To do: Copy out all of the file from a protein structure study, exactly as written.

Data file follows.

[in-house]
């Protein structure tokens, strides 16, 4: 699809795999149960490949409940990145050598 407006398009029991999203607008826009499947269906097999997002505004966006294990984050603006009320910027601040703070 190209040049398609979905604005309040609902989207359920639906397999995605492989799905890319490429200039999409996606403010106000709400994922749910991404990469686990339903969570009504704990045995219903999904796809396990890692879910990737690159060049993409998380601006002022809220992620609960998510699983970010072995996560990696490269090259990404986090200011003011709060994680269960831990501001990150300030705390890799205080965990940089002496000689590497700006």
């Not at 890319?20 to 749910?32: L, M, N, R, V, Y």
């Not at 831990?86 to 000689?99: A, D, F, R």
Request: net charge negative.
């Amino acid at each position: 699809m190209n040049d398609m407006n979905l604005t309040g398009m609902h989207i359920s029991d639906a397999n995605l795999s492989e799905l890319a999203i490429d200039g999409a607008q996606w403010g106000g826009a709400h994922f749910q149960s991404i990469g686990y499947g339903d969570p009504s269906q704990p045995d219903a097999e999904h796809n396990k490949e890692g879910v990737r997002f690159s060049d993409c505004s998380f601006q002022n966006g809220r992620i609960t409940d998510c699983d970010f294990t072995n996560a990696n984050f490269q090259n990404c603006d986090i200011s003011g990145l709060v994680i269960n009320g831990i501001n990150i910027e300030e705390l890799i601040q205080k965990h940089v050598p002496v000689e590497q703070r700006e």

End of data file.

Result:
[in-house]
């Protein structure tokens, strides 16, 4: 699809795999149960490949409940990145050598 407006398009029991999203607008826009499947269906097999997002505004966006294990984050603006009320910027601040703070 190209040049398609979905604005309040609902989207359920639906397999995605492989799905890319490429200039999409996606403010106000709400994922749910991404990469686990339903969570009504704990045995219903999904796809396990890692879910990737690159060049993409998380601006002022809220992620609960998510699983970010072995996560990696490269090259990404986090200011003011709060994680269960831990501001990150300030705390890799205080965990940089002496000689590497700006």
């Not at 890319?20 to 749910?32: L, M, N, R, V, Y």
């Not at 831990?86 to 000689?99: A, D, F, R």
Request: net charge negative.
């Amino acid at each position: 699809m190209n040049d398609m407006n979905l604005t309040g398009m609902h989207i359920s029991d639906a397999n995605l795999s492989e799905l890319a999203i490429d200039g999409a607008q996606w403010g106000g826009a709400h994922f749910q149960s991404i990469g686990y499947g339903d969570p009504s269906q704990p045995d219903a097999e999904h796809n396990k490949e890692g879910v990737r997002f690159s060049d993409c505004s998380f601006q002022n966006g809220r992620i609960t409940d998510c699983d970010f294990t072995n996560a990696n984050f490269q090259n990404c603006d986090i200011s003011g990145l709060v994680i269960n009320g831990i501001n990150i910027e300030e705390l890799i601040q205080k965990h940089v050598p002496v000689e590497q703070r700006e």